Fergus Finlay argue in his Examiner column today that Shannon may only be the first of a series of prices inflicted by an island wide move towards a single market space:
It has been an understated part of the strategy of both the British and Irish governments for many years that they should take every opportunity to develop any situations that have an all-Ireland dynamic to them. Some of the unionist and loyalist parties in the North might have professed a complete lack of interest in the north-south dimension in the past, but now they are in government they too will seize any opportunity for economic investment and growth. Just look at how they reacted to the Aer Lingus decision, and especially how they reacted to any talk that pressure might be exerted to have that decision reversed.
If we all wake up some morning, some time in the future, and realise that a virtually united Ireland has come about almost without any of us noticing, it will be because the all-island potential of the peace process has been finally realised. And that won’t happen, can’t happen, without us down here facing a lot of difficult decisions. We tend to think that any move in the direction of greater unity on the island of Ireland will involve pain and surrender by unionists. In some respects that might be so, but it will only come about if we are prepared to endure a lot of pain along the way.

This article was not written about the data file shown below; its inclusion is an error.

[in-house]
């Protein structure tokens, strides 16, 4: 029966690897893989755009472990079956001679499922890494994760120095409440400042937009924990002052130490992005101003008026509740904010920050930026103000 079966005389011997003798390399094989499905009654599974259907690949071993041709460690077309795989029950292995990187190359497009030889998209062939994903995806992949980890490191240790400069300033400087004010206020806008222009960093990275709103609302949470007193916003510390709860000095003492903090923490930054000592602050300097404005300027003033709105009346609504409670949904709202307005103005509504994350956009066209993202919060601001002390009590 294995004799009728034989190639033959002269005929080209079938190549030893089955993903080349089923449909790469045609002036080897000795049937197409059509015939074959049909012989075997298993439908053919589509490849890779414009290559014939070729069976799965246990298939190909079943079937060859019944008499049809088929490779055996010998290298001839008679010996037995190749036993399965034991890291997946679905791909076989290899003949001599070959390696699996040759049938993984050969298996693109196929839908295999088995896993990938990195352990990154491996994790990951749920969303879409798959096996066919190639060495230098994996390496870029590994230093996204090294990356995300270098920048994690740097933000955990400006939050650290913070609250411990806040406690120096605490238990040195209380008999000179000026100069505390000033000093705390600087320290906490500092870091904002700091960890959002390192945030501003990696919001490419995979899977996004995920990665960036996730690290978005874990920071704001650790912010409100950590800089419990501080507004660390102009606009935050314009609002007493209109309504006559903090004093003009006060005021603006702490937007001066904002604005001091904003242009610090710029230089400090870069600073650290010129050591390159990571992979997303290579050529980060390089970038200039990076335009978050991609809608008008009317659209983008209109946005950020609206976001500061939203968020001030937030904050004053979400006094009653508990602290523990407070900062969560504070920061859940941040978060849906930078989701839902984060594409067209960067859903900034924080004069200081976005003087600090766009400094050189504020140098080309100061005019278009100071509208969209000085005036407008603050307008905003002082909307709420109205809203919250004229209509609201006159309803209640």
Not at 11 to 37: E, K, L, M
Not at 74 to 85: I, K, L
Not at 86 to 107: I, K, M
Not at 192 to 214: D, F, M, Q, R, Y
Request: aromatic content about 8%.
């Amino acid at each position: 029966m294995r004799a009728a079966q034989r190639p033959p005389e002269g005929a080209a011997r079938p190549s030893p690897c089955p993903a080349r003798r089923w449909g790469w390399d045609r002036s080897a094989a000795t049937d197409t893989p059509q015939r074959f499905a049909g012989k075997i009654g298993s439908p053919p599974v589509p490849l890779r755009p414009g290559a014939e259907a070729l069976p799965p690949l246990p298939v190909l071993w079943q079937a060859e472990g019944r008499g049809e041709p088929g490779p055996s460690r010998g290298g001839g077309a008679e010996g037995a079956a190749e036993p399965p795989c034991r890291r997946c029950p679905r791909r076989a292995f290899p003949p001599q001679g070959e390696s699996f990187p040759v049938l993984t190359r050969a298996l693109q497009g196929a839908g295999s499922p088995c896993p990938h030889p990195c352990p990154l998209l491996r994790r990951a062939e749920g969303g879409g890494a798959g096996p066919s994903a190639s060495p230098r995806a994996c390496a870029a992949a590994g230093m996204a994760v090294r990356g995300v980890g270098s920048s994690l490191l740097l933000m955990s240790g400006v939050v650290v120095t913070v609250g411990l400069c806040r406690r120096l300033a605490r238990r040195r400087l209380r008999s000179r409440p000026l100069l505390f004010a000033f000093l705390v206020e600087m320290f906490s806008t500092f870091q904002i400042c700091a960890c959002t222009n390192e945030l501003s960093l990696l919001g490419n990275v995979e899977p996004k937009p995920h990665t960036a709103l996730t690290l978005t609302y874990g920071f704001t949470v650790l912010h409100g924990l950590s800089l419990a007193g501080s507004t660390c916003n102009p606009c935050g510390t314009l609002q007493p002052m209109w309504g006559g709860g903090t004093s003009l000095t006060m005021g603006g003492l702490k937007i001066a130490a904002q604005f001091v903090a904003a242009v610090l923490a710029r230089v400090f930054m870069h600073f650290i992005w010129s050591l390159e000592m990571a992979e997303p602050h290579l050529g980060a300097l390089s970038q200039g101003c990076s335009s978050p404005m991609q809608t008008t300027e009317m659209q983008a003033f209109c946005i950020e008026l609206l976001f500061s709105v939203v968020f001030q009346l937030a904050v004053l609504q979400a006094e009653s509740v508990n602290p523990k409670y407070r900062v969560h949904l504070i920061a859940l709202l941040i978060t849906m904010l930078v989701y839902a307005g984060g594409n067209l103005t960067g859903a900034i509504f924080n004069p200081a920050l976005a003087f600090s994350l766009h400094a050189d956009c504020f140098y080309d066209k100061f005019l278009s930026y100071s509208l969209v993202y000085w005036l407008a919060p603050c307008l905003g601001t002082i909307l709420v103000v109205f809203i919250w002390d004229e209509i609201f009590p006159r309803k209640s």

Eliminating duplication in public service will also generate its own logic in the public sector:
SOONER or later, key decisions will start to be made about the logic of having, for instance, big healthcare investments in Derry and Letterkenny, with duplication and waste of resources caused by the fact that both places are separated by an artificial border.
Eventually, there will be agonised debate about whether to invest huge amounts of money in competing universities in Belfast and Cork, or whether it would make more sense to turn one of them into an international centre of excellence.
All of these decisions will involve winners and losers. If the losers are the people of Drogheda or Letterkenny, or Cork, will they understand that Ireland’s overall future is being served? Or will they feel betrayed, as the people of Shannon do now? These are all tough choices, and there are many more one could think of.
But what if it went further. Unionists would not be the only ones to face awkward questions:
Harmonisation within the area of education, for instance, could be about a lot more than investment. The development of an all-island curriculum could make sense — and it could drive us all wild. How are we going to agree, for instance, on the historical treatment of Oliver Cromwell? How are we going to decide the place of Irish in the Leaving Cert, or indeed whether it should be the Leaving Cert that determined the future at all?
We’ve never really discussed this, have we? And yet, if we are to do more than pay lip service to the idea of developing a real sense of unity, we must face an enormous array of difficult decisions. A lot of them, just like Shannon, we won’t like one little bit. But they’re coming down the tracks.